Scrabble pieces spelling out influencer

Norway Amend The 2009 Marketing Act

In an effort to stop the unrealistic expectations of beauty standards for women and men, Norway have amended the 2009 Marketing Act and have made it illegal to share retouched images in advertising without disclosing the editing. The law was passed with a considerable 72 to 15 government votes and now means that any advertisements that have alterations to the body’s size, shape and skin will need to be made apparent. Specific examples given included enlarged lips, edited body size and shape and edited muscles. 

For many, this could be the beginning of recognizing that not everything on social media is real life. Everyday more and more young people are seeking cosmetic and surgical procedures in order to appeal to the beauty standards set by social media influencers. Many are concerned with recreating a more filtered version of them in reality that can often go to the extreme. By enforcing this law, Norway hopes to prevent a rise in body dysmorphia in the country.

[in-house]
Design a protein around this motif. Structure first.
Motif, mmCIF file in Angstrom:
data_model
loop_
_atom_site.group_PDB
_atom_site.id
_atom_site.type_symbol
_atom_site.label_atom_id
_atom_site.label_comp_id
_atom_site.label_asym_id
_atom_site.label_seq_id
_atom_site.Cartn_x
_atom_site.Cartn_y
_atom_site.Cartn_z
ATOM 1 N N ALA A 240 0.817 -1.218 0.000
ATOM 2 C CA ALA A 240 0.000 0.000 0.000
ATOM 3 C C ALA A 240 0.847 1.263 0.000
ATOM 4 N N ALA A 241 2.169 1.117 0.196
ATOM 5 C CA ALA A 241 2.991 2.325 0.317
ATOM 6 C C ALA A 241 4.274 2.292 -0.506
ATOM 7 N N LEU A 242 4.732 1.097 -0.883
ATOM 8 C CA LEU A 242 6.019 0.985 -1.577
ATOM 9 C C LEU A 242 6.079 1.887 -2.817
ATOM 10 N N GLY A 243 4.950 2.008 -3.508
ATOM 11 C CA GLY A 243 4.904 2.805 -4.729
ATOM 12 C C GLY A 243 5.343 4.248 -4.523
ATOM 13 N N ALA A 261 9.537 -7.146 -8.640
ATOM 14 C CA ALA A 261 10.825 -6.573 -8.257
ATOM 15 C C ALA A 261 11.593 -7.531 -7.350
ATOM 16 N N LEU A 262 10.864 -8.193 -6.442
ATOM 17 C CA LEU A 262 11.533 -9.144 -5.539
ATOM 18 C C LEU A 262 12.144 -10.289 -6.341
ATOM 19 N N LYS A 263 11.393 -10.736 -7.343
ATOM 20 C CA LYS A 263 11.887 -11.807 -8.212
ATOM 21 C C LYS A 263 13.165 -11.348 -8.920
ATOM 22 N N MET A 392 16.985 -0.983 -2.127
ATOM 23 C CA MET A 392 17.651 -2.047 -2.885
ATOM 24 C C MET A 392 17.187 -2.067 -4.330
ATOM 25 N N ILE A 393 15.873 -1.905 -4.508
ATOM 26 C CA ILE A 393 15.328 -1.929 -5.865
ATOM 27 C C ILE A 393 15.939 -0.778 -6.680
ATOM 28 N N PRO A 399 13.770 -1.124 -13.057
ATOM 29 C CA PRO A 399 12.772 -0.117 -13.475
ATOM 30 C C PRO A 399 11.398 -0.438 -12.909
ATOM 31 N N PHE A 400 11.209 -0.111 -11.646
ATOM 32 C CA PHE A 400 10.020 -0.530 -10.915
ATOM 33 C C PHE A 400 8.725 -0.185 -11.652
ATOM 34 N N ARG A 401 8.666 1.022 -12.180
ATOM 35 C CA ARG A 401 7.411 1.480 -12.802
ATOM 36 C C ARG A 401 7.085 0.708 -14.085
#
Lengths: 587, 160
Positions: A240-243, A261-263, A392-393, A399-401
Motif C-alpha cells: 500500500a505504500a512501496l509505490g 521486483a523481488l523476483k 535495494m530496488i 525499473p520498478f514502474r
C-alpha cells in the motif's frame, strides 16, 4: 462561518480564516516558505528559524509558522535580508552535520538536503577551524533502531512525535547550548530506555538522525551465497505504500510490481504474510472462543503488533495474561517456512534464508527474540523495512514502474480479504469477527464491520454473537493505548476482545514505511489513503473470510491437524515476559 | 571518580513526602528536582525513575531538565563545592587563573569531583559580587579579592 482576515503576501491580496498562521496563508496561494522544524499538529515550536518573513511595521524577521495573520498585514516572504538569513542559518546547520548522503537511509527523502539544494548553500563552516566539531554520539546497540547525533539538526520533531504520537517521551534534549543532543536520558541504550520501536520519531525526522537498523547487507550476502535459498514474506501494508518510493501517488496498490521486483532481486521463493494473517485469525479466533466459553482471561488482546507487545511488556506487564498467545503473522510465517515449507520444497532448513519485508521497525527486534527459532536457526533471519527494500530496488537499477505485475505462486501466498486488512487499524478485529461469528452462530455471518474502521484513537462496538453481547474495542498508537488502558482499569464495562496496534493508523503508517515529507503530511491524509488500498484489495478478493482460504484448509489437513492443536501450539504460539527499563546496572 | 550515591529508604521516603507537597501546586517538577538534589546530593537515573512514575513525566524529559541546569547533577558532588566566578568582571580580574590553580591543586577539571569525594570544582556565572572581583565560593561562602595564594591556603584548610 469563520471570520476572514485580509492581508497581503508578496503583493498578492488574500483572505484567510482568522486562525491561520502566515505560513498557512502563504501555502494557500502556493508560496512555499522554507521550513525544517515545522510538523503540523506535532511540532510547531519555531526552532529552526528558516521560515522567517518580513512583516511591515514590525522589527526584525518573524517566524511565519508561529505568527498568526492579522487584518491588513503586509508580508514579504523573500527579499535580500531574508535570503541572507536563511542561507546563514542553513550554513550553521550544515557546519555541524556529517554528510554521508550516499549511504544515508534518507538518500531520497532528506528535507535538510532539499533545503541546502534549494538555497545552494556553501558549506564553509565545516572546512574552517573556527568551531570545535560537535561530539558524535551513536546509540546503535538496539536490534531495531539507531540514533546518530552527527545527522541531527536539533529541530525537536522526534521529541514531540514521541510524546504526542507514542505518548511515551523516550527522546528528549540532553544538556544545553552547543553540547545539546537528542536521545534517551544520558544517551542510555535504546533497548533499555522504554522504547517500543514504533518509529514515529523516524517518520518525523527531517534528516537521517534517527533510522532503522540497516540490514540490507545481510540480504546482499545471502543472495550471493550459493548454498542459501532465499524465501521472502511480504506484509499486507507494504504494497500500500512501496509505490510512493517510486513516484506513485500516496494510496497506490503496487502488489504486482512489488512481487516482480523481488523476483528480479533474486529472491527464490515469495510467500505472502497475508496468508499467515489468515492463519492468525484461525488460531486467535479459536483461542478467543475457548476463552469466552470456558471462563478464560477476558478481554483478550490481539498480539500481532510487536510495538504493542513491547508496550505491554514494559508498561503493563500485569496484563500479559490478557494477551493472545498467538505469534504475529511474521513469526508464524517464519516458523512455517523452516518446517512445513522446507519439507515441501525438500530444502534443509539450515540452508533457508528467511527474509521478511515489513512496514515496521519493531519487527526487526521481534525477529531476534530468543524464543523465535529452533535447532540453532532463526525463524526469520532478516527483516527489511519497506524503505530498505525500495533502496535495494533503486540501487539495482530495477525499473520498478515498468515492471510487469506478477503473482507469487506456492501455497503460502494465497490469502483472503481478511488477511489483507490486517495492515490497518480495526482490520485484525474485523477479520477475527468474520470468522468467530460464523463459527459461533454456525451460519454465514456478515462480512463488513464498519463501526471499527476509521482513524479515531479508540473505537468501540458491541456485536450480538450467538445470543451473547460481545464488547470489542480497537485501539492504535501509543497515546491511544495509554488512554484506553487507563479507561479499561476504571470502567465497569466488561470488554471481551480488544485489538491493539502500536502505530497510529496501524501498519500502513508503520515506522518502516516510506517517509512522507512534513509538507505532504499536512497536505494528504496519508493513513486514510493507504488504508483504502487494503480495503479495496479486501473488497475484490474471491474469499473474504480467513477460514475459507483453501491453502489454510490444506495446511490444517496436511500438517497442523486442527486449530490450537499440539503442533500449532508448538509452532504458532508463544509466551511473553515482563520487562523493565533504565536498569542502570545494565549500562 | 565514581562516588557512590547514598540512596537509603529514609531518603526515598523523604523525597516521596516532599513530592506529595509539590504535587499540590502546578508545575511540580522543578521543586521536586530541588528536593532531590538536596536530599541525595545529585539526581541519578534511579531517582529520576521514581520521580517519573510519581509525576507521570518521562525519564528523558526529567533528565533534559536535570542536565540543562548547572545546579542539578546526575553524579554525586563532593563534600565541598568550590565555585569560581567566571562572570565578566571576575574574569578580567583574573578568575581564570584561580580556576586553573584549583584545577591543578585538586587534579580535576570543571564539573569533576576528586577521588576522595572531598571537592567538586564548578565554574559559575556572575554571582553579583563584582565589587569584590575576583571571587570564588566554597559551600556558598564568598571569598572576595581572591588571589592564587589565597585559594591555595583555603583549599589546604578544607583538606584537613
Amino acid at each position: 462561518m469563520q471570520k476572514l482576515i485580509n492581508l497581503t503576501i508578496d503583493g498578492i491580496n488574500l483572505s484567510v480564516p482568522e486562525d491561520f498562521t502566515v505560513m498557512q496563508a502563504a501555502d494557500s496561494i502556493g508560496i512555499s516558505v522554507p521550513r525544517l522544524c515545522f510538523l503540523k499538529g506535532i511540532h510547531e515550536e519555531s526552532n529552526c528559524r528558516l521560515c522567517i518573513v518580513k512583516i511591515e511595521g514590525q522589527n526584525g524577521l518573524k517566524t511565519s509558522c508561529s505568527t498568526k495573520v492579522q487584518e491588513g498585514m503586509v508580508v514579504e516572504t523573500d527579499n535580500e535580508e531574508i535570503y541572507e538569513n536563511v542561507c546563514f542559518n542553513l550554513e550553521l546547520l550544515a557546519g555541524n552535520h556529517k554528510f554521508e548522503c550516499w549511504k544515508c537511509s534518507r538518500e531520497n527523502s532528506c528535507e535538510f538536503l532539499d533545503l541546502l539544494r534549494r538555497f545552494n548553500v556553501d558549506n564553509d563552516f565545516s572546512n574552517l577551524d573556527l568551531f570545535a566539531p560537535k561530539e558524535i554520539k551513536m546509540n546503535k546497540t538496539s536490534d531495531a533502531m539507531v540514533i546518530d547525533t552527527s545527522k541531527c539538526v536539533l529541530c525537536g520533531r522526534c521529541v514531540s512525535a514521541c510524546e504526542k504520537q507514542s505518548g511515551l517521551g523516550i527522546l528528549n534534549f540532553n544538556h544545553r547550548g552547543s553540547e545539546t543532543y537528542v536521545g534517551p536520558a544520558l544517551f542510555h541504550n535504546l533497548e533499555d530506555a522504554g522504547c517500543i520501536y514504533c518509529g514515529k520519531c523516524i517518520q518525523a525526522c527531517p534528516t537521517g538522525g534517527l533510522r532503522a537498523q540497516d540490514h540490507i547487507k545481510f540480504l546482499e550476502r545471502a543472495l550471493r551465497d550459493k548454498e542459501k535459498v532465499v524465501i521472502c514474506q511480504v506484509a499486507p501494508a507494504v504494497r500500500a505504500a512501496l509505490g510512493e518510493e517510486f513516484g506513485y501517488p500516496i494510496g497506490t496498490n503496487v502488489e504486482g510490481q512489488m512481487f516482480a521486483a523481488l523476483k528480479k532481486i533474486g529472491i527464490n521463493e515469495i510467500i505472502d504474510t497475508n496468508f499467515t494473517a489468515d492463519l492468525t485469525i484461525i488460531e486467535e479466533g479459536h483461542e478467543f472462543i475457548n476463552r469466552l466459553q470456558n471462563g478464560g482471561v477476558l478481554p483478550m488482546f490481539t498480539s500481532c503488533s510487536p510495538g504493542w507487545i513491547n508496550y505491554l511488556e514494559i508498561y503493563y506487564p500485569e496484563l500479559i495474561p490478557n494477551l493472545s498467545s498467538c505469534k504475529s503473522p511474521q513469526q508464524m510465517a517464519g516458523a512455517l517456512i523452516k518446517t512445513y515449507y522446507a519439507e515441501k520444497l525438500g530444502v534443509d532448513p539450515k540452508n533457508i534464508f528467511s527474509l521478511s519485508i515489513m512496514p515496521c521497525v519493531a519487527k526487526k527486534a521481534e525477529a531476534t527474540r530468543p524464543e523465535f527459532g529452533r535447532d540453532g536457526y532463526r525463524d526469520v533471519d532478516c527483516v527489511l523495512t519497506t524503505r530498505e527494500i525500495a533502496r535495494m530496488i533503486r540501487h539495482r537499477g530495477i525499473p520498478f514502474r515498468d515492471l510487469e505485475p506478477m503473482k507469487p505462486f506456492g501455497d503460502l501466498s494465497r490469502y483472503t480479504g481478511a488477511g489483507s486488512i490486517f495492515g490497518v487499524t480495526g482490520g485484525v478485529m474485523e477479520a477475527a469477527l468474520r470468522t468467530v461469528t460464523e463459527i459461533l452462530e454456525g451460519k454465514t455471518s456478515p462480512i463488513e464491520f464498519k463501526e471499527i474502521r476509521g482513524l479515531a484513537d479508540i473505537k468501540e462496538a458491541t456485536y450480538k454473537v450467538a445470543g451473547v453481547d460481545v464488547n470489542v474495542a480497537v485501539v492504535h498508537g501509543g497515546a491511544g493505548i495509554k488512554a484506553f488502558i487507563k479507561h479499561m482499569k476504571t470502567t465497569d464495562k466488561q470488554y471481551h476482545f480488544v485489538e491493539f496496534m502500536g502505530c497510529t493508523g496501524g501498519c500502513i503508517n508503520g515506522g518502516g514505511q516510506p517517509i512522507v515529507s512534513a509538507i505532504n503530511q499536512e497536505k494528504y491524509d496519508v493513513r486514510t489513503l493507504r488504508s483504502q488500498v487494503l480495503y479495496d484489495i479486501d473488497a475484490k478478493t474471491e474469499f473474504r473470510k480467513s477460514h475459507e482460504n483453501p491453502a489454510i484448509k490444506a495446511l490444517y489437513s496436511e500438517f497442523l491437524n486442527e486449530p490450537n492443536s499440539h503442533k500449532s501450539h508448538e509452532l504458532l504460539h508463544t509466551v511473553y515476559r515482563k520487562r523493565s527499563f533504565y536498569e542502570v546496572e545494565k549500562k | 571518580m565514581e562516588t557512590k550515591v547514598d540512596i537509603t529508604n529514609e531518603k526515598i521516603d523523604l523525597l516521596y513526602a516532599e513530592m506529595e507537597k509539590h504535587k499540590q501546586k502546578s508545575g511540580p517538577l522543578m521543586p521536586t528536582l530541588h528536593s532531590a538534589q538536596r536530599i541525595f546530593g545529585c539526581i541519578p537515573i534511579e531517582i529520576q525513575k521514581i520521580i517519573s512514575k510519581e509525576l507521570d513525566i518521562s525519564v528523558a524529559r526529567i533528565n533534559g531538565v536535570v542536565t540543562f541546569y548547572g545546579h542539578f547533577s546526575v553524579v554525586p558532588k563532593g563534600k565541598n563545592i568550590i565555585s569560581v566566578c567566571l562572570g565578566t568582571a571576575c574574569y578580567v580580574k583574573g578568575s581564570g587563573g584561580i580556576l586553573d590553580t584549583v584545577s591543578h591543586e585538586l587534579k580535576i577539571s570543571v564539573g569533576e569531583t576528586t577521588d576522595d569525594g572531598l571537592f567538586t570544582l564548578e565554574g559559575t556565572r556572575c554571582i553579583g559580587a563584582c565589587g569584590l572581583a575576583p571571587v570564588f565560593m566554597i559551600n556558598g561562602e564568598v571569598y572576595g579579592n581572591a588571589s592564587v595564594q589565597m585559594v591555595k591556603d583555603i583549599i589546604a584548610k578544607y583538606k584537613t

However, it does raise the question of how much do you have to disclose? Whilst lighting and filters don’t physically change the body, they can alter skin tones appearing to be more white-washed. The Norwegian government has acknowledged that the law itself could be tricky to enforce as some editing is not always as noticeable but they will fine anyone found violating the legislation. Some could potentially face jail time. 

Whilst we acknowledge this is a step in the right direction to fight back at the standards set by today’s society will it be enough to fight the modern-day issues surrounding body image? In a statement made by the Ministry of Children and Family Affairs they agreed “Body pressure is always there, often imperceptibly, and is difficult to combat.” Whilst this may be the case, we hope to see other countries follow in suit for what could be a revolution against fake unattainable body image.